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Sunday, 21 January, 2018
Android Apps Track Users With 3rd Party Tools

Android Apps Track Users With 3rd Party Tools

Android Apps Track Users With 3rd Party Tools.

More than three in four Android apps contain at least one third-party “tracker”, according to a new analysis of hundreds of apps. The study by French research organisation Exodus Privacy and Yale University’s Privacy Lab analysed the mobile apps for the signatures of 25 known trackers, which use various techniques to glean personal information about users to better target them for advertisements and services. Among the apps found to be using some sort of tracking plugin was some of the most popular apps on the Google Play Store, including Tinder, Spotify, Uber and OKCupid. All four apps use a service owned by Google, called Crashlytics, that primarily tracks app crash reports, but can also provide the ability to “get insight into your users, what they’re doing, and inject live social content to delight them.”

Other less widely-used trackers can go much further. One cited by Yale is FidZup, a French tracking provider with technology that can “detect the presence of mobile phones and therefore their owners” using ultrasonic tones. FidZup says it no-longer uses that technology, however, since tracking users through simple wifi networks works just as well. The Yale researchers said: “FidZup’s practices closely resemble those of Teemo (formerly known as Databerries), the tracker company that was embroiled in scandal earlier this year for studying the geolocation of 10 million French citizens, and SafeGraph, who ‘collected 17tn location markers for 10m smartphones during [Thanksgiving] last year’. Both of these trackers have been profiled by Privacy Lab and can be identified by Exodus scans.”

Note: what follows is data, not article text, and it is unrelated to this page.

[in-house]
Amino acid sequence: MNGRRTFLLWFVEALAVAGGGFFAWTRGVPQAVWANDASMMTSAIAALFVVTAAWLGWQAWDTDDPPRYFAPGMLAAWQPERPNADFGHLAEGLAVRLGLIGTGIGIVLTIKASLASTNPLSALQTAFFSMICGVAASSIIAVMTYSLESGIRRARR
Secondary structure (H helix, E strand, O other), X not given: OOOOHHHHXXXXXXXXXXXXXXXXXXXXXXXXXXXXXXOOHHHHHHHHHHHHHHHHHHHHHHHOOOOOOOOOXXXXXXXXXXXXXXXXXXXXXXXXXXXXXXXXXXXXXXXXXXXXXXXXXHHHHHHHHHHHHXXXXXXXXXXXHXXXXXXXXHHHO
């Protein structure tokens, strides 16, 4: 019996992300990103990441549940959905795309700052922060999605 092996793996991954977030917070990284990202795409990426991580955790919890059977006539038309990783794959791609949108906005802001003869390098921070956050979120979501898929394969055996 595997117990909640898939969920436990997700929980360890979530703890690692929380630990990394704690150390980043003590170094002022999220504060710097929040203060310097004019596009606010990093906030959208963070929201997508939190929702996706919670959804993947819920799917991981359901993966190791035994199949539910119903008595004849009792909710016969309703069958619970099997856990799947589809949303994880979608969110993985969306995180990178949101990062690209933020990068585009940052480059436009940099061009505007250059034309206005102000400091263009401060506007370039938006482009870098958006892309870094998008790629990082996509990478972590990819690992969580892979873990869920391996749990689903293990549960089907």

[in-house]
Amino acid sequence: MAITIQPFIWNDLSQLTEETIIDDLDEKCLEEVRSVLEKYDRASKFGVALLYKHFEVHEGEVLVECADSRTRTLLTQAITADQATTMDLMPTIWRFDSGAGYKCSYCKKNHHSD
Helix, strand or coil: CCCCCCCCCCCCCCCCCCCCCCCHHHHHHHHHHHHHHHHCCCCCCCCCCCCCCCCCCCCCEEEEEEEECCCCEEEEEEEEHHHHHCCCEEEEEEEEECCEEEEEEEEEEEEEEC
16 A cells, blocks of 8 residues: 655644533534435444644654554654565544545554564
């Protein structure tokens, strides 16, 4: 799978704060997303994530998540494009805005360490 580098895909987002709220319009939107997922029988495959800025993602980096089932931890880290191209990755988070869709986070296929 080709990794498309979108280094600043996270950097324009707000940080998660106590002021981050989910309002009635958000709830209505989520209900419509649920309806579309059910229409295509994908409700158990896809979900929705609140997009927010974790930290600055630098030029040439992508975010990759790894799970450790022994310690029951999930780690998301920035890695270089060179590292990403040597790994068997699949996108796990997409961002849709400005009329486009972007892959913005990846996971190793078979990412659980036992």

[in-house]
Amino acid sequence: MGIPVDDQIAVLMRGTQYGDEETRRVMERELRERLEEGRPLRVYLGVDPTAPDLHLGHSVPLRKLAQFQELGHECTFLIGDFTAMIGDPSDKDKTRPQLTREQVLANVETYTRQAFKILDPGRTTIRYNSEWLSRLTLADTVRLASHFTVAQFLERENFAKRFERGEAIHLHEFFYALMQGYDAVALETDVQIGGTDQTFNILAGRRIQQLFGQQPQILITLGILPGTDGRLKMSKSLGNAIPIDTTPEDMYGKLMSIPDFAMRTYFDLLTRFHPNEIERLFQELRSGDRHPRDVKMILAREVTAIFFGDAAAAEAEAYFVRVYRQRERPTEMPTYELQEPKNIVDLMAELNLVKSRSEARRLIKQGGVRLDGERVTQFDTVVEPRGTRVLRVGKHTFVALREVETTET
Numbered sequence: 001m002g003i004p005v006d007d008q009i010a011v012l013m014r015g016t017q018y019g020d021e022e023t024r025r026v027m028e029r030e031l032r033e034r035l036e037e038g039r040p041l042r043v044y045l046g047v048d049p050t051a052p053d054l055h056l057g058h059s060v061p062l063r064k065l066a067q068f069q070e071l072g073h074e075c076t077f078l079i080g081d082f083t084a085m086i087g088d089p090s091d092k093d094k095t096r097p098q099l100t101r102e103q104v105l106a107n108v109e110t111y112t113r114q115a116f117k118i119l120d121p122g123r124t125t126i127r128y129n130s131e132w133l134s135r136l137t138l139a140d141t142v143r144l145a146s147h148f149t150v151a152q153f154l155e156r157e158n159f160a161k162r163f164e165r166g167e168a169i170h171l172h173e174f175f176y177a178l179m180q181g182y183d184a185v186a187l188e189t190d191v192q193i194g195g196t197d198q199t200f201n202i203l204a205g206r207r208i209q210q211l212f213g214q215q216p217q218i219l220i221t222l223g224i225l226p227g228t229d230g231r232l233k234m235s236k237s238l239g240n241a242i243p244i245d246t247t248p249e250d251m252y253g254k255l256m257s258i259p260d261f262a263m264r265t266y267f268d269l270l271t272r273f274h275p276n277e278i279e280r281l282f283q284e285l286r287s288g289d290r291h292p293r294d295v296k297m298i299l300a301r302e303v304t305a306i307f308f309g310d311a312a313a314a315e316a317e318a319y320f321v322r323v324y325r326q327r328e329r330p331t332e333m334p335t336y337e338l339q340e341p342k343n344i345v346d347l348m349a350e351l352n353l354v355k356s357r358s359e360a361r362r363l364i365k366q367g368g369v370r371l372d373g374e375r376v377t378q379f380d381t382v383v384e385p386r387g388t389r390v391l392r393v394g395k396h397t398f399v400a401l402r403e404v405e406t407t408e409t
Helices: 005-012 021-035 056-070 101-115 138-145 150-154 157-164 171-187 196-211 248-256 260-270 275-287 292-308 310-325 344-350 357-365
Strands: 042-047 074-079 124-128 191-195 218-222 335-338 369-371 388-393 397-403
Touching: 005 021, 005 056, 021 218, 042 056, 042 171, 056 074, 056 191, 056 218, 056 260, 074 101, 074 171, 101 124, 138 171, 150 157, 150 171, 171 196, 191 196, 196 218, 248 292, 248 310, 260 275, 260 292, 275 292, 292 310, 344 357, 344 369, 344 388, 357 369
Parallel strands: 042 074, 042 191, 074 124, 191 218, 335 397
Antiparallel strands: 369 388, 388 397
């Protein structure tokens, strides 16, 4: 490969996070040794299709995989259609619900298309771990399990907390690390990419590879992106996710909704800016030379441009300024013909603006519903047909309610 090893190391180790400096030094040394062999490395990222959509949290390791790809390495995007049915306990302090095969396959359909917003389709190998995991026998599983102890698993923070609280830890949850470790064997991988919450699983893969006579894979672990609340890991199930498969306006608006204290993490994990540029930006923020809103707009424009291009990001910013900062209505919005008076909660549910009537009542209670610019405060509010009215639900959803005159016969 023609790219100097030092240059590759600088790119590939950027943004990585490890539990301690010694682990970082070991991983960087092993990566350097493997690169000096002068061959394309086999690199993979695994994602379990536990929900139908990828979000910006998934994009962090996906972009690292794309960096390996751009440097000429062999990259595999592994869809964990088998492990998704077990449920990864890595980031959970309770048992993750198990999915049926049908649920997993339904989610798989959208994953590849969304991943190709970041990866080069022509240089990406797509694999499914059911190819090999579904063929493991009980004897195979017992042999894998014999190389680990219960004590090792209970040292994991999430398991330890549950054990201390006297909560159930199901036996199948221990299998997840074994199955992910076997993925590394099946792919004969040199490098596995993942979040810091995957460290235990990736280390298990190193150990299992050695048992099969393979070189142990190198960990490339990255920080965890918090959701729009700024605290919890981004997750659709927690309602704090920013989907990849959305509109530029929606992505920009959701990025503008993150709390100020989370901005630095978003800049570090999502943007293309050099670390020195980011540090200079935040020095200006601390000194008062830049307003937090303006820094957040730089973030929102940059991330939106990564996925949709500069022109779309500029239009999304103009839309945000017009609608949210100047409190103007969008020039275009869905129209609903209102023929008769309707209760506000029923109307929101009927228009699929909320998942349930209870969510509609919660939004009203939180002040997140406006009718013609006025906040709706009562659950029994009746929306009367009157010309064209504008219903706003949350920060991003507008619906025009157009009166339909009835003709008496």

Yale Privacy Lab is using its research to call on developers, as well as Google, “for increased transparency into privacy and security practice as it relates to these trackers.” The researchers added: “Android users, and users of all app stores, deserve a trusted chain of software development, distribution, and installation that does not include unknown or masked third-party code. “Scholars, privacy advocates and security researchers should be alarmed by the data, and can provide further analysis now that these findings and the Exodus platform have been made public.” Although Yale didn’t examine iOS apps, the company warns that the situation may be no better on Apple’s App Store. “Many of the same companies distributing Google Play apps also distribute apps via Apple, and tracker companies openly advertise Software Development Kits (SDKs) compatible with multiple platforms,” said the researchers. “Thus, advertising trackers may be concurrently packaged for Android and iOS, as well as more obscure mobile platforms.”

Credit: Alex Hern for The Guardian, 28 November 2017.

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